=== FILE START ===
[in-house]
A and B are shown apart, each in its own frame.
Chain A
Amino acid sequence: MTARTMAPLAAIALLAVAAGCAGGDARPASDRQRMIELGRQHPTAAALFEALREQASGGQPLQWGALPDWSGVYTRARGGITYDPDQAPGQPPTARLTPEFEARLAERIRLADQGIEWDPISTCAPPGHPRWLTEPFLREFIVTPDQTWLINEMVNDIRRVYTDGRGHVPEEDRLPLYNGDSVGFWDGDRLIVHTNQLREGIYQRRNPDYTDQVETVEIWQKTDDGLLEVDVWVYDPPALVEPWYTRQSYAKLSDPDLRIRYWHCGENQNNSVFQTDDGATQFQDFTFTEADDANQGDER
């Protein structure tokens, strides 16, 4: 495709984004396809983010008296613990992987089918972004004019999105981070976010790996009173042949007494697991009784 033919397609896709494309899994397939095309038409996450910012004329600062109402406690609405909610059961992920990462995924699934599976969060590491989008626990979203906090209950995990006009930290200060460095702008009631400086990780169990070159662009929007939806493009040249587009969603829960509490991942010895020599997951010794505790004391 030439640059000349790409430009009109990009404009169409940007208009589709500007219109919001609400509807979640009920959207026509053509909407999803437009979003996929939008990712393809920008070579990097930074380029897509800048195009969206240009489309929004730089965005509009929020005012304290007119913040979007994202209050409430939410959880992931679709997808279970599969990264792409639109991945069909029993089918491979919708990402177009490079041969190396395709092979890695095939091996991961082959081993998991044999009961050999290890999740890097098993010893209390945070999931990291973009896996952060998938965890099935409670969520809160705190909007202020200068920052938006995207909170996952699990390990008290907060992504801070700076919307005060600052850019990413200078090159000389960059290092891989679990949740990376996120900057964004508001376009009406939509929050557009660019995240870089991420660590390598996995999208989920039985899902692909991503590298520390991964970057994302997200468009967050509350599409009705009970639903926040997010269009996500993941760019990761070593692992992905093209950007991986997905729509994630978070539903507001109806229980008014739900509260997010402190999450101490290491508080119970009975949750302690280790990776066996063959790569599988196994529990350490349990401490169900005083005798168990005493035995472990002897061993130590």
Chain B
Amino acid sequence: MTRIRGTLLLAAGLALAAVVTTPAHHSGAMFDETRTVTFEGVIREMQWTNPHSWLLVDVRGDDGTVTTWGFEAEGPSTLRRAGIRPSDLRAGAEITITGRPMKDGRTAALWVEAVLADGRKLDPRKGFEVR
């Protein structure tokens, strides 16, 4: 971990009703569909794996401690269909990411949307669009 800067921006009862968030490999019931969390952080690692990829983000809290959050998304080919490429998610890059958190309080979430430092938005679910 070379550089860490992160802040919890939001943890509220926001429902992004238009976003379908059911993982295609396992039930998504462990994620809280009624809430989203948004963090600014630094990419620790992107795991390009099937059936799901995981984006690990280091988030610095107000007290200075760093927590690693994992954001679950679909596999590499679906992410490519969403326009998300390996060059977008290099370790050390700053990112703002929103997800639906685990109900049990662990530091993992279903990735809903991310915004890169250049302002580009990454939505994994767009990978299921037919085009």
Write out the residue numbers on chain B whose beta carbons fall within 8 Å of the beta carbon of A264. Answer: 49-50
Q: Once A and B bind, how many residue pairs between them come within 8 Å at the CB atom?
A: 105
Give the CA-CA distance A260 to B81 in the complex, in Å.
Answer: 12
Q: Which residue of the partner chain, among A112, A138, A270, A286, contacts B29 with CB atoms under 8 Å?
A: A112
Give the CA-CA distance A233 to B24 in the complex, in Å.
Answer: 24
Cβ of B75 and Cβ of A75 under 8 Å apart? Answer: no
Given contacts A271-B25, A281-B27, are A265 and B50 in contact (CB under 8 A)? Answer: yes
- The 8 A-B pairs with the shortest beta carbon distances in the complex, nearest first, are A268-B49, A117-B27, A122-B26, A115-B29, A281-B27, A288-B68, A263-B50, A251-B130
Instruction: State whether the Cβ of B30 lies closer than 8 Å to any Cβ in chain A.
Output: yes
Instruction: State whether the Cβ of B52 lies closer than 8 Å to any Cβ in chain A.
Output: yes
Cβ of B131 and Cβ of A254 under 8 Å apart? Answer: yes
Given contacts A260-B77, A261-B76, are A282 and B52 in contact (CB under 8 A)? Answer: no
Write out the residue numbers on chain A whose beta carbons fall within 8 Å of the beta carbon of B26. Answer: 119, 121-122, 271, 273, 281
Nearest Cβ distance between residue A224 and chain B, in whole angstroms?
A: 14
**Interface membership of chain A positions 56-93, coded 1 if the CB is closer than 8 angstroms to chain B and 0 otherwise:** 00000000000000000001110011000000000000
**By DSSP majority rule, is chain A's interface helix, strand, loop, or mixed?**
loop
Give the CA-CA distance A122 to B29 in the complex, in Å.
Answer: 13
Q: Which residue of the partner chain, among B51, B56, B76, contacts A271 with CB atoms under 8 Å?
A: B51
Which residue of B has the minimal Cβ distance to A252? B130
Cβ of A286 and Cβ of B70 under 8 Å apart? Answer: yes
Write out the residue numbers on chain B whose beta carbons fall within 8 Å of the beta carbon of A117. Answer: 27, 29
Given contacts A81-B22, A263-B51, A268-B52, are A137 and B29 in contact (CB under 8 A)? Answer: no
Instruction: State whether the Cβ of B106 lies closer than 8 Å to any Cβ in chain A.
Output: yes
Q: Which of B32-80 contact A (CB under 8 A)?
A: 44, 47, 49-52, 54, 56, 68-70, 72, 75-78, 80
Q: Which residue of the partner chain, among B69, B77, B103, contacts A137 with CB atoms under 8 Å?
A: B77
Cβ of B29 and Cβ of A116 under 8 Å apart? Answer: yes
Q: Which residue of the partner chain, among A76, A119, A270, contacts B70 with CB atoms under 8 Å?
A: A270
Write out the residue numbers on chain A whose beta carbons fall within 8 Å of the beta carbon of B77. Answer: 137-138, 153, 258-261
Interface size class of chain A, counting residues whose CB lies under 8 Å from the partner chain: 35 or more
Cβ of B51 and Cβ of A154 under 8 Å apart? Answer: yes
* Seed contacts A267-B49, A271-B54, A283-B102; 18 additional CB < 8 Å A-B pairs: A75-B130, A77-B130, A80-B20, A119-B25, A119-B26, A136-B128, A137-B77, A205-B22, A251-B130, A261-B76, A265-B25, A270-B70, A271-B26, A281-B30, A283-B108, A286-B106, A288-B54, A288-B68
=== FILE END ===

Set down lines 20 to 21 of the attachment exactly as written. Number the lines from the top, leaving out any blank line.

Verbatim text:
- The 8 A-B pairs with the shortest beta carbon distances in the complex, nearest first, are A268-B49, A117-B27, A122-B26, A115-B29, A281-B27, A288-B68, A263-B50, A251-B130
Instruction: State whether the Cβ of B30 lies closer than 8 Å to any Cβ in chain A.